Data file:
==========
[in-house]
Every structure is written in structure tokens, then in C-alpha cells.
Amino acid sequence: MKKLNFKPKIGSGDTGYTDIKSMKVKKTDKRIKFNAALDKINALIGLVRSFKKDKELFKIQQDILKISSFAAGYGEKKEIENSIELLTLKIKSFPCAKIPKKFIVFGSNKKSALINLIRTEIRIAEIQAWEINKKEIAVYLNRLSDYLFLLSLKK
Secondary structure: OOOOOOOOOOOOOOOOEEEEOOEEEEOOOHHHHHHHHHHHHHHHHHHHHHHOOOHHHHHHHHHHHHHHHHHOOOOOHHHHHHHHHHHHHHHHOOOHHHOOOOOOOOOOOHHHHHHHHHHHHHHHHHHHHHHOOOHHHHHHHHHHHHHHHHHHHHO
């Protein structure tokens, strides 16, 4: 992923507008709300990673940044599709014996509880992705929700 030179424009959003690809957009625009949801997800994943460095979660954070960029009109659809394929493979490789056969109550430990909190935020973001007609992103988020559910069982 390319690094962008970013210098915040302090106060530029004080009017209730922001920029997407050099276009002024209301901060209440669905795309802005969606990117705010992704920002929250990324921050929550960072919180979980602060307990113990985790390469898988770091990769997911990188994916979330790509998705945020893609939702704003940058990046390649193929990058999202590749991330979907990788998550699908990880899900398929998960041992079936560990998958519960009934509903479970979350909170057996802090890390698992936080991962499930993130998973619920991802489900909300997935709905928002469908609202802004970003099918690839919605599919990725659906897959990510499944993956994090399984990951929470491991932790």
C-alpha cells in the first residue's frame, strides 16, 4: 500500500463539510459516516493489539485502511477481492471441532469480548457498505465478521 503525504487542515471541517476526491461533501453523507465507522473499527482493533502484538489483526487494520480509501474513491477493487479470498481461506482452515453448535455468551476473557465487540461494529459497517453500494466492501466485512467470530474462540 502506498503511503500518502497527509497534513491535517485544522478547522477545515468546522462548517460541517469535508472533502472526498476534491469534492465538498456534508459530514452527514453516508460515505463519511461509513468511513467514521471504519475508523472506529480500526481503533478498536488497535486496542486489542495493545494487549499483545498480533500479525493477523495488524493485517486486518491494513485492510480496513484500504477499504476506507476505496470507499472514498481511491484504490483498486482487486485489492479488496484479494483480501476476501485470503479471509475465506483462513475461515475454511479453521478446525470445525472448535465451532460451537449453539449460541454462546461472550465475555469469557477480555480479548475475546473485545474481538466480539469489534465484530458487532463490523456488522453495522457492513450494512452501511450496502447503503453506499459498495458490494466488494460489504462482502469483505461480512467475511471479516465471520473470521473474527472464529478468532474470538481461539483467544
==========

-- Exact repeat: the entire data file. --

[in-house]
Every structure is written in structure tokens, then in C-alpha cells.
Amino acid sequence: MKKLNFKPKIGSGDTGYTDIKSMKVKKTDKRIKFNAALDKINALIGLVRSFKKDKELFKIQQDILKISSFAAGYGEKKEIENSIELLTLKIKSFPCAKIPKKFIVFGSNKKSALINLIRTEIRIAEIQAWEINKKEIAVYLNRLSDYLFLLSLKK
Secondary structure: OOOOOOOOOOOOOOOOEEEEOOEEEEOOOHHHHHHHHHHHHHHHHHHHHHHOOOHHHHHHHHHHHHHHHHHOOOOOHHHHHHHHHHHHHHHHOOOHHHOOOOOOOOOOOHHHHHHHHHHHHHHHHHHHHHHOOOHHHHHHHHHHHHHHHHHHHHO
């Protein structure tokens, strides 16, 4: 992923507008709300990673940044599709014996509880992705929700 030179424009959003690809957009625009949801997800994943460095979660954070960029009109659809394929493979490789056969109550430990909190935020973001007609992103988020559910069982 390319690094962008970013210098915040302090106060530029004080009017209730922001920029997407050099276009002024209301901060209440669905795309802005969606990117705010992704920002929250990324921050929550960072919180979980602060307990113990985790390469898988770091990769997911990188994916979330790509998705945020893609939702704003940058990046390649193929990058999202590749991330979907990788998550699908990880899900398929998960041992079936560990998958519960009934509903479970979350909170057996802090890390698992936080991962499930993130998973619920991802489900909300997935709905928002469908609202802004970003099918690839919605599919990725659906897959990510499944993956994090399984990951929470491991932790």
C-alpha cells in the first residue's frame, strides 16, 4: 500500500463539510459516516493489539485502511477481492471441532469480548457498505465478521 503525504487542515471541517476526491461533501453523507465507522473499527482493533502484538489483526487494520480509501474513491477493487479470498481461506482452515453448535455468551476473557465487540461494529459497517453500494466492501466485512467470530474462540 502506498503511503500518502497527509497534513491535517485544522478547522477545515468546522462548517460541517469535508472533502472526498476534491469534492465538498456534508459530514452527514453516508460515505463519511461509513468511513467514521471504519475508523472506529480500526481503533478498536488497535486496542486489542495493545494487549499483545498480533500479525493477523495488524493485517486486518491494513485492510480496513484500504477499504476506507476505496470507499472514498481511491484504490483498486482487486485489492479488496484479494483480501476476501485470503479471509475465506483462513475461515475454511479453521478446525470445525472448535465451532460451537449453539449460541454462546461472550465475555469469557477480555480479548475475546473485545474481538466480539469489534465484530458487532463490523456488522453495522457492513450494512452501511450496502447503503453506499459498495458490494466488494460489504462482502469483505461480512467475511471479516465471520473470521473474527472464529478468532474470538481461539483467544